2012 ANA tests a resounding success, says dept

Wednesday, September 26, 2012

Pretoria - Except for only a few challenges, the Department of Basic Education says the preliminary reports on the 2012 Annual National Assessments (ANA) received from the provincial departments indicate that overall, the tests were a resounding success.

"The report is not withstanding a few challenges of shortages and incorrect test papers being delivered to some schools,[but] we are satisfied that where these incidents occurred, officials were swift to address them and learners were able to write the test," said department spokesperson, Panyaza Lesufi.

A few incidents were reported and resolved in the Sekhukhune and Vhembe districts in Limpopo, some areas in the Western Cape, and a shortage of Braille question papers in Schools for the Blind, he said.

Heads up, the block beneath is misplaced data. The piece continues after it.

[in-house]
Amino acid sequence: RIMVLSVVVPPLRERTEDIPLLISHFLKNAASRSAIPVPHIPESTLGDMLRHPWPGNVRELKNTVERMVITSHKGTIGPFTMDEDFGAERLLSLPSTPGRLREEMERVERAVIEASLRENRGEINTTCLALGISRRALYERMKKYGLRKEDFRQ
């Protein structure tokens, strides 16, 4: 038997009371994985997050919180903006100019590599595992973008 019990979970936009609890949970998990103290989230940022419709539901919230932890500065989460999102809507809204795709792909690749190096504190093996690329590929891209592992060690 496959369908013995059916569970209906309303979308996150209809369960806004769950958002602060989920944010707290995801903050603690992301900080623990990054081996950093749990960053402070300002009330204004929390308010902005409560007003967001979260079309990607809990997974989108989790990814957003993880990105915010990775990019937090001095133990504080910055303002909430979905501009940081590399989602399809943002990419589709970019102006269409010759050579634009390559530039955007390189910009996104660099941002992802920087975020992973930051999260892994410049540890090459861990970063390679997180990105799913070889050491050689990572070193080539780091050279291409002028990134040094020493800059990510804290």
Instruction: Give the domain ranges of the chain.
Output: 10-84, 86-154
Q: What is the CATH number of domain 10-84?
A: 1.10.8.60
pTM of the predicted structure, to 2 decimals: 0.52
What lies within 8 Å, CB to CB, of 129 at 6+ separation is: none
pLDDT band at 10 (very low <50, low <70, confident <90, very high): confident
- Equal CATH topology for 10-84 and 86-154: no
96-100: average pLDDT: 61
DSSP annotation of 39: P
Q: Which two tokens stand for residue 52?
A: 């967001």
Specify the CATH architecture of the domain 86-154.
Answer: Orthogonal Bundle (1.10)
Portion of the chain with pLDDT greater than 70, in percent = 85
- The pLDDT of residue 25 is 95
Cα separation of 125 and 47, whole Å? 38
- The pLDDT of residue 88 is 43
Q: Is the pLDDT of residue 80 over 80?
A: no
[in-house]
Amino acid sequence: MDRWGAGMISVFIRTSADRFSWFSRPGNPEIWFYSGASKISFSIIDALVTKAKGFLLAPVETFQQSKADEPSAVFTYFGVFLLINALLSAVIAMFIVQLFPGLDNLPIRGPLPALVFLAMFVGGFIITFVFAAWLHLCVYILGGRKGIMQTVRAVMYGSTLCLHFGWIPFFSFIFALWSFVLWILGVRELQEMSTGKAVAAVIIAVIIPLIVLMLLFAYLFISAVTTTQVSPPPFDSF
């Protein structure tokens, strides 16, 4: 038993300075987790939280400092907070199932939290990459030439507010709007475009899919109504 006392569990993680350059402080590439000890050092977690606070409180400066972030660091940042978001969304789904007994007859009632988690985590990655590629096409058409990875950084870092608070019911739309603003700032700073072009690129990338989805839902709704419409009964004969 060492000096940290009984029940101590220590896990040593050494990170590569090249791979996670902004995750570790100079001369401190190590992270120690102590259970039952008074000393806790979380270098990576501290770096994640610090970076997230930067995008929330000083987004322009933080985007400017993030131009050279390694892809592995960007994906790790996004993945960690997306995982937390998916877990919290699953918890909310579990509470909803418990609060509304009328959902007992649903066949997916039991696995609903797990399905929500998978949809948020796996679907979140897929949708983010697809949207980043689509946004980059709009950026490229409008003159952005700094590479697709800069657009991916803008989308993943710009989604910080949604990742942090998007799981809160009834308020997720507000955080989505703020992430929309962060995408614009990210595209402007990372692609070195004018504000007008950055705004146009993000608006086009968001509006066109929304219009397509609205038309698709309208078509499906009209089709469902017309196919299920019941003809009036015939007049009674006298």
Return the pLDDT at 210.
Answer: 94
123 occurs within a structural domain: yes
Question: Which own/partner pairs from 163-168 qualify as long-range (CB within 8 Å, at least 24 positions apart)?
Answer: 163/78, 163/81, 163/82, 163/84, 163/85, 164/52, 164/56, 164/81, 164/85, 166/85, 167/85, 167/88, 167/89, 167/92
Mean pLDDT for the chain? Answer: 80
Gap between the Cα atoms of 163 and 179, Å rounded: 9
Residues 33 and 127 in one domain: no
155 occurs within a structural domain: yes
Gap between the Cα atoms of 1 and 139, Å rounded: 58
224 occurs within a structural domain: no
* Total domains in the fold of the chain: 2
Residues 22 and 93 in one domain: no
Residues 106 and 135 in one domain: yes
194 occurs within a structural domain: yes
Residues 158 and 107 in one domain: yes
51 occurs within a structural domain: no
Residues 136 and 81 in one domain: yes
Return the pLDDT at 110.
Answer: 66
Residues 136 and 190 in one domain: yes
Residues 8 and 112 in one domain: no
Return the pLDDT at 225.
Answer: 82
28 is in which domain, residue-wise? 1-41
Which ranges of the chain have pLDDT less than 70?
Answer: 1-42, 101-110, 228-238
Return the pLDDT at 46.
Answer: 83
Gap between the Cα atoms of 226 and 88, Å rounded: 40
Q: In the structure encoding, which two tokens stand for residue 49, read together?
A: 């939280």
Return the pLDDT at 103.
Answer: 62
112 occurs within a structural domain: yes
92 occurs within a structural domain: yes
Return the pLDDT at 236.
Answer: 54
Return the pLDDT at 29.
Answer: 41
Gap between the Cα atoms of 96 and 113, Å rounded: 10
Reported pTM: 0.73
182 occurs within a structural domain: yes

Seven million learners in Grades 1 to 6 and Grade 9 successfully completed the 2012 ANA tests written between 18 and 21 September 2012.

The tests were introduced by the department to measure the country's improvement in learning in specific grades and subjects. ANA tests require all public schools, and independent schools subsidised by government to conduct the same grade-specific language and mathematics tests.

Language tests cover the learner's home language and their first additional language, teachers mark the ANA tests using the departmental guidelines. The tests are moderated by officials of the various provincial education departments to ensure that similar standards are upheld across all schools.

Lesufi said that learners in the John Taolo Gaetsewe District in the Northern Cape, where learning and teaching has been disrupted over the past few months, will write their ANA tests as soon as schooling returns to normal.

The department commended the provincial education departments as well as district officials, principals, parents and the millions of learners, who sat for the tests.

It announced that parents will receive their children's marked scripts at dates to be determined by individual schools.